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Globalization and climate change. AI and VR. Donald Trump and the Flat Earthers. The world is changing so fast that we can't get a grip on how we got here, let alone where we're headed. This is your weekly podcast for a world in flux. Join Ben Charland to peel back the headlines and ask, what are the forces, people and ideas that shape the human story today? Have things always been this nuts, or are they getting crazier by the day? Just what on Earth is going on?

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Aug 17, 2018

Is education the closest thing we have to a silver bullet for the ills and ailments of our society, even if it takes generations to have a real impact? What's the history of education and where might we be headed? What are the forces that compete to shape our schools, our students and our minds?

Ben chats with Ted Christou, a teacher, historian and educator of educators at Queen's University

About the Guest

Dr. Christou is an Associate Professor in the Curriculum Studies and Educational Studies fields, with a cross-appointment to the Department of History in Queen's University's Faculty of Arts and Science. He began his professional teaching career as an elementary school teacher in Scarborough with the Toronto District School Board. Following a circuitous path, which included teaching at the Primary, Junior, Intermediate, and Senior Divisions (Continuing Education), Dr. Christou returned to the academy to pursue doctoral studies in history of education. Dr. Christou commenced his academic course on the tenure track in Fredericton at the University of New Brunswick in 2009. In July 2012, that course led westwards, back to Kingston, Ontario, and to Queen’s University.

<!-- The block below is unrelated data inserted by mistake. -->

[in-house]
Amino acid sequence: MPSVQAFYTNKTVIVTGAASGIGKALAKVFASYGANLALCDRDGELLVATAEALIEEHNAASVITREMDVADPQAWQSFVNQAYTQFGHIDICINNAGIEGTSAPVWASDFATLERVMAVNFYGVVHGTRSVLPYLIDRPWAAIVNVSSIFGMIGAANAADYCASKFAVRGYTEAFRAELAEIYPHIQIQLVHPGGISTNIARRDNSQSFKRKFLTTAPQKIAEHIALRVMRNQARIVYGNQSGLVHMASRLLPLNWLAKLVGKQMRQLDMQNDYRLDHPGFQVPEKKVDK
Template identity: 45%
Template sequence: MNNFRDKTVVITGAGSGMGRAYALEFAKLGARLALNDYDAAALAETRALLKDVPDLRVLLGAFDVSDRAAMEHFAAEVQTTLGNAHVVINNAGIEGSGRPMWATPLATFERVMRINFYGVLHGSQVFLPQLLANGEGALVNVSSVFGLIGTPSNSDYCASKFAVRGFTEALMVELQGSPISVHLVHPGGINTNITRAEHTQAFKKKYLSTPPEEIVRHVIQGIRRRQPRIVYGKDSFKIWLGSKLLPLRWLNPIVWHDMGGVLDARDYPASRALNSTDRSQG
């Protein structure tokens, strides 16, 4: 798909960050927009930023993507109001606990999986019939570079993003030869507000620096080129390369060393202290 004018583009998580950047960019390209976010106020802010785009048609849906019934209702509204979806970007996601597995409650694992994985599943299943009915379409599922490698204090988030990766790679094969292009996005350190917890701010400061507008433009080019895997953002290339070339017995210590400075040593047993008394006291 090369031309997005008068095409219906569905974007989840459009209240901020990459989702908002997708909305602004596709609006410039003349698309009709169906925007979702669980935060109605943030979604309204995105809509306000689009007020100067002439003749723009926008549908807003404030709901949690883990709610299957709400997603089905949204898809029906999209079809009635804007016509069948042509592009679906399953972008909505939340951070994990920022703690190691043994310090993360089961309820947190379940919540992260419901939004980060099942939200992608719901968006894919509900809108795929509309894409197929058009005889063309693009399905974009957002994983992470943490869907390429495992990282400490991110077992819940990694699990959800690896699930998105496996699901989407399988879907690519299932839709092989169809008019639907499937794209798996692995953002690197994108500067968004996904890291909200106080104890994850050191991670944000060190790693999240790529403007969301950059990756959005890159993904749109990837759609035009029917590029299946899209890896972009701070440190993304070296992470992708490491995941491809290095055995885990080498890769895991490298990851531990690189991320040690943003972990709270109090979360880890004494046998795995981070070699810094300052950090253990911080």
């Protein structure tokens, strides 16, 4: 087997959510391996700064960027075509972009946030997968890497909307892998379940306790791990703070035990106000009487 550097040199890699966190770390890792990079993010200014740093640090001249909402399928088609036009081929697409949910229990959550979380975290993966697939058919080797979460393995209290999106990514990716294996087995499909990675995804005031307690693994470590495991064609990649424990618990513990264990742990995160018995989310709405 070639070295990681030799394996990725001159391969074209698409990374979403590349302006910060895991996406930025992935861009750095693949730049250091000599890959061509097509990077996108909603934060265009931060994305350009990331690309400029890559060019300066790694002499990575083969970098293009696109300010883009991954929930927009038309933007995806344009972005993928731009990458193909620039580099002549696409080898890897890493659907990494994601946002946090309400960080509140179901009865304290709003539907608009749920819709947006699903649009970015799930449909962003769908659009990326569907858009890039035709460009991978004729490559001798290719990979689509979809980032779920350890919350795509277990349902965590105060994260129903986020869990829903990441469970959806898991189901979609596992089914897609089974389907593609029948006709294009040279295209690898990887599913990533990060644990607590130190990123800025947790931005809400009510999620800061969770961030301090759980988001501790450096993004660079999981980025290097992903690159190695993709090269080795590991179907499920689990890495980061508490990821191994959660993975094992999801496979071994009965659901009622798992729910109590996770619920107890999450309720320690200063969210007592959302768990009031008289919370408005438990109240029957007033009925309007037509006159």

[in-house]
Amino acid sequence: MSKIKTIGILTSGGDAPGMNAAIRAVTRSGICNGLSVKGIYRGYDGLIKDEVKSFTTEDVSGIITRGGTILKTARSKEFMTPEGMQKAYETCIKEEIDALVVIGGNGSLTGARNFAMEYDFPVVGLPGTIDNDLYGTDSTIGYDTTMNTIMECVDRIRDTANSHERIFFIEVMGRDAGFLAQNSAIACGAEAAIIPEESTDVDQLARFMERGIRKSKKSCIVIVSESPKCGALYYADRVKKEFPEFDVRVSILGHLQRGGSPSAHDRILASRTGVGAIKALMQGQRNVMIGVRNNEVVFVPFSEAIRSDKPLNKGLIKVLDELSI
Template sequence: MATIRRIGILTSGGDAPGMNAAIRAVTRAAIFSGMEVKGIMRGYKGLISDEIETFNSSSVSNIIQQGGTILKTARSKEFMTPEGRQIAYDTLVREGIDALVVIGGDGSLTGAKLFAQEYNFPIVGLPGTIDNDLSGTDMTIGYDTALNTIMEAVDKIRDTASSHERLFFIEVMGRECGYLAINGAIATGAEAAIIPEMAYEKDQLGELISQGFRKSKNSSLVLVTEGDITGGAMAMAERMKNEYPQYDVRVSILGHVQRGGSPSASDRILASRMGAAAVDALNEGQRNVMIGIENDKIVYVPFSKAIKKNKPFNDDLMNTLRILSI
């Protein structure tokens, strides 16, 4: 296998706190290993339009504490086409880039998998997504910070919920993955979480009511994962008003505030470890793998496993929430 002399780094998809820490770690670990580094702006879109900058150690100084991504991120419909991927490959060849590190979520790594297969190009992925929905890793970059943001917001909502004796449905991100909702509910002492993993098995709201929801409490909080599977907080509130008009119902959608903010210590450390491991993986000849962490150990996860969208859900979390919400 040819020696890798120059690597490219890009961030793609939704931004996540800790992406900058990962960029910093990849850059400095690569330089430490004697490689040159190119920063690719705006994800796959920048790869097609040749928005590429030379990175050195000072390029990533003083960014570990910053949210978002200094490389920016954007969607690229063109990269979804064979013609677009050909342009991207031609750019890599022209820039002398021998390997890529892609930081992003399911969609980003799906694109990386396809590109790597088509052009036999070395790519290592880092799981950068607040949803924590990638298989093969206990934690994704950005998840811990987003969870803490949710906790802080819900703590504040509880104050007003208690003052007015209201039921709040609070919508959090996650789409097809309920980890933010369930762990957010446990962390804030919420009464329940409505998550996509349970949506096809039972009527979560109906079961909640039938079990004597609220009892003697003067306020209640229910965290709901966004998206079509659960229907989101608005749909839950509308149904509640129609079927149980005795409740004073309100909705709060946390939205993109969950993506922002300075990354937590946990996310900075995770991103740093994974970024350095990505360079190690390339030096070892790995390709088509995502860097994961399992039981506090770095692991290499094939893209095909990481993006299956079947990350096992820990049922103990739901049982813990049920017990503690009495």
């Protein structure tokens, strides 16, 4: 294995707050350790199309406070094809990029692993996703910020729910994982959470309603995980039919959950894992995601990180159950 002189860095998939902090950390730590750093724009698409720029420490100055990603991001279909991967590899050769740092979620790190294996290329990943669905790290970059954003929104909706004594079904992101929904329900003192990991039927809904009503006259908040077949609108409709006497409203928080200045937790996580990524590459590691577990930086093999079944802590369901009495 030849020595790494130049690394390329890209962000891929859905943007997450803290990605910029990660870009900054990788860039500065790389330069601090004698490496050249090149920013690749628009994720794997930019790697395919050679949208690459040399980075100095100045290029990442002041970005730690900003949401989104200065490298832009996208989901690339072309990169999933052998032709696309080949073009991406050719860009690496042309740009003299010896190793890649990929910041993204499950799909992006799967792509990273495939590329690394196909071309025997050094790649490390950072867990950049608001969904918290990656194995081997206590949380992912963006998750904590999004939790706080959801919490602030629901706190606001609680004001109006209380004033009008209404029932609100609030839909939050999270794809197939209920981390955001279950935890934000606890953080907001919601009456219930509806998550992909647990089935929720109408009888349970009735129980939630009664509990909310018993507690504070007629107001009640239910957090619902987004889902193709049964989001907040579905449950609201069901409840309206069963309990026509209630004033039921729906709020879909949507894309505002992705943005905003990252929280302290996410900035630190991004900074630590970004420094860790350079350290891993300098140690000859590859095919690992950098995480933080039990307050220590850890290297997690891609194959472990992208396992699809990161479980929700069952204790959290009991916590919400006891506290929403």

Dr. Christou's teaching in the Faculty of Education at Queen’s extends to several disciplines; in particular, he concentrates upon history of education, philosophy of education, social studies, and the theory and practice of history.

His research, which spans several fields - history, philosophy, curriculum, and teacher education - is tied together by two questions: a) What is an education for?, and b) How might we imagine an education individual? These questions are bound by historical, as well as contemporary, context and complexities.

Learn more about Ted or visit his website.